Tuesday, 27 July 2021
Department of Finance
362. To ask the Minister for Finance the estimated yield which would accrue from a 1% increase in the rate of stamp duty on non-residential property; the estimated yield that would accrue if these rates were only subject to sales above €500,000 or €1,000,000, respectively in tabular form; and if he will make a statement on the matter. [39925/21]
I propose to take Questions Nos. 319, 362 and 363 together.
Regarding Question No. 319 the yield from Stamp Duty on credit cards is published on the Revenue website at link: www.revenue.ie/en/corporate/information-about-revenue/statistics/receipts/receipts-stamp-duty.aspx. The cost of the abolition can be assumed to be in the region of the yield for the latest year.
Regarding Questions No. 362 and 363, the Revenue Ready Reckoner, which is available at link: www.revenue.ie/en/corporate/documents/statistics/ready-reckoner.pdf, shows on page 19, the estimated yield from changes to the rate of Stamp Duty on non-residential property. The proposed increases can be derived on a pro rata basis from information provided.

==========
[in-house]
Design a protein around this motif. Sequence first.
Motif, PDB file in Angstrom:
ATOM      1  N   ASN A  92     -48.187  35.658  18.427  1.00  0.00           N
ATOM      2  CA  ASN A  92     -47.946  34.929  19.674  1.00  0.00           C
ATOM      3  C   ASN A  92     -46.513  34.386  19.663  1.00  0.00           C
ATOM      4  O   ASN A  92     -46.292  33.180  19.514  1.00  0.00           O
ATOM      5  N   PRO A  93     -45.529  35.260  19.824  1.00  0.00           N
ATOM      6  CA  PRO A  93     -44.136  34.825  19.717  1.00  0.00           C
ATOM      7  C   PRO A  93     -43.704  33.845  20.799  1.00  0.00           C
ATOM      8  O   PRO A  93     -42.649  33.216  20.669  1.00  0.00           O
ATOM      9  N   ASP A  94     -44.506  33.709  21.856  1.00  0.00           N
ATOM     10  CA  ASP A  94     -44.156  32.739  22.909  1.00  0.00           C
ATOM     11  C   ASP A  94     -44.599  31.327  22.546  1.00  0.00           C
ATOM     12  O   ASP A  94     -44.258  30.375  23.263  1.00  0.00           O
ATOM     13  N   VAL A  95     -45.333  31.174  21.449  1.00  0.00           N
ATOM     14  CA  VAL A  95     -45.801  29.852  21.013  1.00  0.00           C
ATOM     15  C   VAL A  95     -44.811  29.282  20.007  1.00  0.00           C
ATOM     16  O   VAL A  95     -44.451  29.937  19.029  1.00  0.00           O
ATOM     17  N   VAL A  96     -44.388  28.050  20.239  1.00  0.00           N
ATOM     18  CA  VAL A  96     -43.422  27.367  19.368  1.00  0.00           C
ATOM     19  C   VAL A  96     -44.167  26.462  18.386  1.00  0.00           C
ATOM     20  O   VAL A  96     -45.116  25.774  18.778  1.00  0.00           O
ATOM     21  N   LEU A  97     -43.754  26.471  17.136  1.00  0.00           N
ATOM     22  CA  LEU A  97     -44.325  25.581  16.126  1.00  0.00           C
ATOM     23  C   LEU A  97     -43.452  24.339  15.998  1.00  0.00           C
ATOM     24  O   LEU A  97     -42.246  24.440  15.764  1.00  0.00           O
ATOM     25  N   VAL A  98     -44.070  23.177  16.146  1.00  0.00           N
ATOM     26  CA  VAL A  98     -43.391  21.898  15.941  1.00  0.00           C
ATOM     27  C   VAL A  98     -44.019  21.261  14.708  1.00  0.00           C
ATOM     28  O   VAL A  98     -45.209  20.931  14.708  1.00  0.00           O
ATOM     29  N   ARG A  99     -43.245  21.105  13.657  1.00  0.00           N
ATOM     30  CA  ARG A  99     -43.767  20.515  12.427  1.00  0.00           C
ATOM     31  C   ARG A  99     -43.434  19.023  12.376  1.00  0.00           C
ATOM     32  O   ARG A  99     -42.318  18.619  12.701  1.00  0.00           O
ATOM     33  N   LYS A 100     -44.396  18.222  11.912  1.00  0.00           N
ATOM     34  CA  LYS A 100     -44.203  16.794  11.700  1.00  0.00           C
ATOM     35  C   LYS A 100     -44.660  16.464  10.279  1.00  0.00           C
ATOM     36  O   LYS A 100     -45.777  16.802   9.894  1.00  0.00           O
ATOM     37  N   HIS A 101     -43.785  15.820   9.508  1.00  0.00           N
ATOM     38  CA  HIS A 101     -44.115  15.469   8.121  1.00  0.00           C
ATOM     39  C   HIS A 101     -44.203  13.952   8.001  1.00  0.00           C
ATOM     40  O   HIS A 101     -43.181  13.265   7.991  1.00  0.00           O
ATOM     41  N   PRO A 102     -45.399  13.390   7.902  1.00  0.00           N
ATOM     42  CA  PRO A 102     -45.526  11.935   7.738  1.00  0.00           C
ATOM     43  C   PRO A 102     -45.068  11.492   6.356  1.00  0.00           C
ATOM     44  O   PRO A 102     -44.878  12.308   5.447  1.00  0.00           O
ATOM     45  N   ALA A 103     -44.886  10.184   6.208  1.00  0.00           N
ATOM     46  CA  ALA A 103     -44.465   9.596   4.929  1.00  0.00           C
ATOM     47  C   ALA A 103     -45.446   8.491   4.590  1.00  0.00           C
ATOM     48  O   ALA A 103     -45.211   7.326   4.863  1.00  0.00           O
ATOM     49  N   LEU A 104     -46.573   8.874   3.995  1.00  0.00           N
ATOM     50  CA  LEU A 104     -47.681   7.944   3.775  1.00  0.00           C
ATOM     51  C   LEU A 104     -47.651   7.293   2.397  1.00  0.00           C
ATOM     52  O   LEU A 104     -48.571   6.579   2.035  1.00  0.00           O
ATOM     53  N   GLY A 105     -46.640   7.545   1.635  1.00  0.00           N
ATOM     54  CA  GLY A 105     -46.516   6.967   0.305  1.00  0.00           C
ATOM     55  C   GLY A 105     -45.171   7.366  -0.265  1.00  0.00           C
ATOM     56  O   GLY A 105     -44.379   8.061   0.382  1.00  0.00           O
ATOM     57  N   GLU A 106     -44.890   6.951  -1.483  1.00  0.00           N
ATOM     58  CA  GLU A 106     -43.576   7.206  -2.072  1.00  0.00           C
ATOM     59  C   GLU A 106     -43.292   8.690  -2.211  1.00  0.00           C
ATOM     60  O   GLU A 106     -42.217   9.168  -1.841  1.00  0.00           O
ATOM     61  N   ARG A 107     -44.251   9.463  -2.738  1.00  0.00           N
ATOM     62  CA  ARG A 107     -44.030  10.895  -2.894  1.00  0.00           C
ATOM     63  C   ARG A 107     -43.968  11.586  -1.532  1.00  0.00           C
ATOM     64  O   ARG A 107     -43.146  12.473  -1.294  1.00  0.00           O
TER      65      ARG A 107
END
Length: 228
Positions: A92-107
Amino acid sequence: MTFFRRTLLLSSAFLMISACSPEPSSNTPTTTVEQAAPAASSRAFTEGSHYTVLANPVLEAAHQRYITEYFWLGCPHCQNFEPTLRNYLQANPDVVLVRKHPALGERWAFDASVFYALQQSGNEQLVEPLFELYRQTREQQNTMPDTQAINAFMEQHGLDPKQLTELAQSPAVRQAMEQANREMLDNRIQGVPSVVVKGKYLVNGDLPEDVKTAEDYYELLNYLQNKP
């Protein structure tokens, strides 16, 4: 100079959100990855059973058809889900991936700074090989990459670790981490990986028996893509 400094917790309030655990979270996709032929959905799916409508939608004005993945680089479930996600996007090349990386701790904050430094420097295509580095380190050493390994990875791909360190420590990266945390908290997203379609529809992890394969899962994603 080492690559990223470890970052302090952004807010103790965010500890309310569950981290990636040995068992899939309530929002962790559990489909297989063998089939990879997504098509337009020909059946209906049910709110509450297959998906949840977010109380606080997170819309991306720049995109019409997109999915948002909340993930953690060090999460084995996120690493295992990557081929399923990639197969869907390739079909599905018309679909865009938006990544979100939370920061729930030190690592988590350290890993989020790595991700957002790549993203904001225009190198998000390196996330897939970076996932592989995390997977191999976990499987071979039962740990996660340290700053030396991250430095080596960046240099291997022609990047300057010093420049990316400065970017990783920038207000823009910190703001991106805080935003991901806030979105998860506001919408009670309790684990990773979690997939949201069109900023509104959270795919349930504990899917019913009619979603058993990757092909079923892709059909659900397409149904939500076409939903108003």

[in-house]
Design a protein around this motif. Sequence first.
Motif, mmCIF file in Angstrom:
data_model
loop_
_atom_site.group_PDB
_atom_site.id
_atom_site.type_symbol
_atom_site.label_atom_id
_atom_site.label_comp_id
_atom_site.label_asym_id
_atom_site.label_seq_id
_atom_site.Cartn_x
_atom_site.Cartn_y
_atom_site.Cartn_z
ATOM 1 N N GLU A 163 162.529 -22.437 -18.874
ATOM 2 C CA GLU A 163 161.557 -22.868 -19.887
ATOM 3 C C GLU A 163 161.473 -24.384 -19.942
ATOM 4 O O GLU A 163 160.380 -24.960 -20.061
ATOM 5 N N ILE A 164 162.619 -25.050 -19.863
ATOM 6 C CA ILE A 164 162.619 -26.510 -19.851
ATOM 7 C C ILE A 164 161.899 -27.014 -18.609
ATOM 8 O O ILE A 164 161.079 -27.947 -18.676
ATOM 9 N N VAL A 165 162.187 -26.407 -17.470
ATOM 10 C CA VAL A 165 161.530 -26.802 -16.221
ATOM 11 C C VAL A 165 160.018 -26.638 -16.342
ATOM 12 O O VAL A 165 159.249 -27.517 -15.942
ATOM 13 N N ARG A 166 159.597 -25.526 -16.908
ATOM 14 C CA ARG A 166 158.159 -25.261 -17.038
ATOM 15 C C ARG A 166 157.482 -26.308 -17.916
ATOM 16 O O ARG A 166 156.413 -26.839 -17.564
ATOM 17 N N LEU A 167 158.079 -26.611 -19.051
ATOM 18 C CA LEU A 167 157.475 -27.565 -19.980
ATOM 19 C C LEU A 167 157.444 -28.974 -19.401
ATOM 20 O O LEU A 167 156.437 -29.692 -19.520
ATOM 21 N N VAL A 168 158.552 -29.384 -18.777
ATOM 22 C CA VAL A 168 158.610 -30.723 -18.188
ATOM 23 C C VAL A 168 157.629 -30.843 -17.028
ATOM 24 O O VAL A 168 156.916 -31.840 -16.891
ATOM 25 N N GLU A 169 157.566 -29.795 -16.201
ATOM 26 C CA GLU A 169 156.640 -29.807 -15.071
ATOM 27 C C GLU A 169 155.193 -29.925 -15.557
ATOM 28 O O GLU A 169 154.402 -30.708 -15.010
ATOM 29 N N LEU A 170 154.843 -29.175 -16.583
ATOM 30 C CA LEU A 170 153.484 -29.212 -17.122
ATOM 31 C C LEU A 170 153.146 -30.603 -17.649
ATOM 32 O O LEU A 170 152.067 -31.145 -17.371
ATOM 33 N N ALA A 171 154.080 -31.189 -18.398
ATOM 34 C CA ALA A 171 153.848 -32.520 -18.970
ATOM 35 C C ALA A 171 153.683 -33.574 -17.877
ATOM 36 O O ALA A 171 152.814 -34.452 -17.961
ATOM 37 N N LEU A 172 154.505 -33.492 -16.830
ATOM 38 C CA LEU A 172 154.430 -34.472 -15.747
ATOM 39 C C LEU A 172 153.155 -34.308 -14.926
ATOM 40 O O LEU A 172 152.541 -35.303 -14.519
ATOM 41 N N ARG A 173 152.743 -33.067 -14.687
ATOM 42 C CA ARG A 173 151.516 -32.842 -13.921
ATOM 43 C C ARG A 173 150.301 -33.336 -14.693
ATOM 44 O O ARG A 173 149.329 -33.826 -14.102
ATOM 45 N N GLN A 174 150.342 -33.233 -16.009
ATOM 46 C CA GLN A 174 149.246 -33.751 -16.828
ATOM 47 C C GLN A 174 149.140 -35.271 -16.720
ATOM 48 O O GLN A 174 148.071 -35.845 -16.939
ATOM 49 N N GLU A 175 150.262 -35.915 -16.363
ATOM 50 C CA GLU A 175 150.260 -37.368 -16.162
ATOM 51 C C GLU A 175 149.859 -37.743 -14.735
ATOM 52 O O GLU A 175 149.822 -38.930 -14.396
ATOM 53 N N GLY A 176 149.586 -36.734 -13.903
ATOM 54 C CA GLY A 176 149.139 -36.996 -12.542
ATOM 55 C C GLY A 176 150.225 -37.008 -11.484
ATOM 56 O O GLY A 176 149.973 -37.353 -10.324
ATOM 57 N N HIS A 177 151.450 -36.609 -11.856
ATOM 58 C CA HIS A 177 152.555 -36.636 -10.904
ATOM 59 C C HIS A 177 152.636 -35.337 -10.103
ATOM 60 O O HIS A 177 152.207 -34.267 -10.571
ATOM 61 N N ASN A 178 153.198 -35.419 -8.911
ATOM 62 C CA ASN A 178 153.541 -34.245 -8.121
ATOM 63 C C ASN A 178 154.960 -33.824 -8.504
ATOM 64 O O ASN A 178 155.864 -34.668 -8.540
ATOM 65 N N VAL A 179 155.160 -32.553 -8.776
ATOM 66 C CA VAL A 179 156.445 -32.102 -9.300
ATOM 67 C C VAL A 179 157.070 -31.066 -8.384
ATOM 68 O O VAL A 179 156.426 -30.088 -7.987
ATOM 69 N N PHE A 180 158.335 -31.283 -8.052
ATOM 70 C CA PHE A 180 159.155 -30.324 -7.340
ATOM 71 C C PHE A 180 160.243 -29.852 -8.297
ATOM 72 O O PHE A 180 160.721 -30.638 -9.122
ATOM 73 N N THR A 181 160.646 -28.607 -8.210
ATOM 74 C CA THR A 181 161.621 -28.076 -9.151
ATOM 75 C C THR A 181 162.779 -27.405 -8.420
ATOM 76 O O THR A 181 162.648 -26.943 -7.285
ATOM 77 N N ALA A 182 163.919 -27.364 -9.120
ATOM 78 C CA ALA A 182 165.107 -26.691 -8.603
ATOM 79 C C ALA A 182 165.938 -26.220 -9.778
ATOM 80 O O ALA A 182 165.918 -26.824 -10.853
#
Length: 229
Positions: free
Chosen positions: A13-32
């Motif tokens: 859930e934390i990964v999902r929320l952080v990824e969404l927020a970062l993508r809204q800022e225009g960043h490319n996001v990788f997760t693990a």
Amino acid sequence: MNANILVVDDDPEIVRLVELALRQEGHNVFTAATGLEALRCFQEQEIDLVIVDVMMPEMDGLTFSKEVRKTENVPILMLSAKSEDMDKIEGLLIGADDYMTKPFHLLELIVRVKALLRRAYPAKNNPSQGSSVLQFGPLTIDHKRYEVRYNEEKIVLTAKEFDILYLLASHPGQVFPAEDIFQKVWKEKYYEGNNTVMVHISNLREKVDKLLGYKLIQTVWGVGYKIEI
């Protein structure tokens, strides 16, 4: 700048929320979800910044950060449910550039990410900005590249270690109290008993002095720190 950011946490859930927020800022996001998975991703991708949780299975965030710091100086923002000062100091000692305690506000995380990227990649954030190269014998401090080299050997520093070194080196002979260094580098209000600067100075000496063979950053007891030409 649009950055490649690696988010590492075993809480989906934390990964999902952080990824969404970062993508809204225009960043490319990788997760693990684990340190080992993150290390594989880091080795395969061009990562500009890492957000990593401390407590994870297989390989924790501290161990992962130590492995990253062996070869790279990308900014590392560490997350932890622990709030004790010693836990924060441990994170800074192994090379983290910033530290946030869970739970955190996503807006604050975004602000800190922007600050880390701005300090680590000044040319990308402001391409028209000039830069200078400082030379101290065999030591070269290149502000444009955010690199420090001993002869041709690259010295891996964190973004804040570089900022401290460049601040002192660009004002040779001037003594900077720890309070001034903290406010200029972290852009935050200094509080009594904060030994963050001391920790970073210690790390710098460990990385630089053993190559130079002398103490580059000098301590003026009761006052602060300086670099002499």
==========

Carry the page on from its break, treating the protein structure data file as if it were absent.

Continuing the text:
320. To ask the Minister for Finance the anticipated savings to the Exchequer in 2022 from ending the employment and investment incentive scheme, the key employee engagement programme, the special assignee relief programme and the foreign earnings deduction in tabular form; and if he will make a statement on the matter. [39863/21]
I propose to take Questions Nos. 320, 321 and 445 together.
I am advised by Revenue that the estimated costs of the Rent a Room relief, the Employment and Investment Incentive (EII), the Special Assignee Relief Programme (SARP) and the Foreign Earnings Deduction (FED) in relation to 2018 (the latest year for which data are available) can be found in the ‘Cost of Tax Expenditures Report’which is published on the Revenue website.
A summary table can also be found below.
These costs may be assumed to offer some indication of a broad nature of the savings to the Exchequer that might arise if the schemes/reliefs in question were ended for a given year. However, this does not take changes in taxpayer behaviour into account, or the secondary economic benefit provided by these schemes/reliefs.
Regarding the Key Employee Engagement Scheme (KEEP), I am advised by Revenue that the first year the scheme became available was 2018. Generally, a qualifying employee must hold any share options granted under the scheme for at least 12 months prior to exercise. Therefore, 2019 was the earliest date that individuals were likely to exercise their options to acquire shares in qualifying companies. An estimate of the cost for the 2019 tax year will be available later in the summer and will be available in the ‘Costs of Tax Expenditures Report’.
|Employment and Investment Incentive (EII)||€14.5 million (2018)|
|Special Assignee Relief Programme (SARP)||€42.4 million (2018)|
|Foreign Earnings Deduction (FED)||€5.4 million (2018)|
|Rent-A-Room Relief||€19.7 million (2018)|
|Key Employee Engagement Programme (KEEP)||-|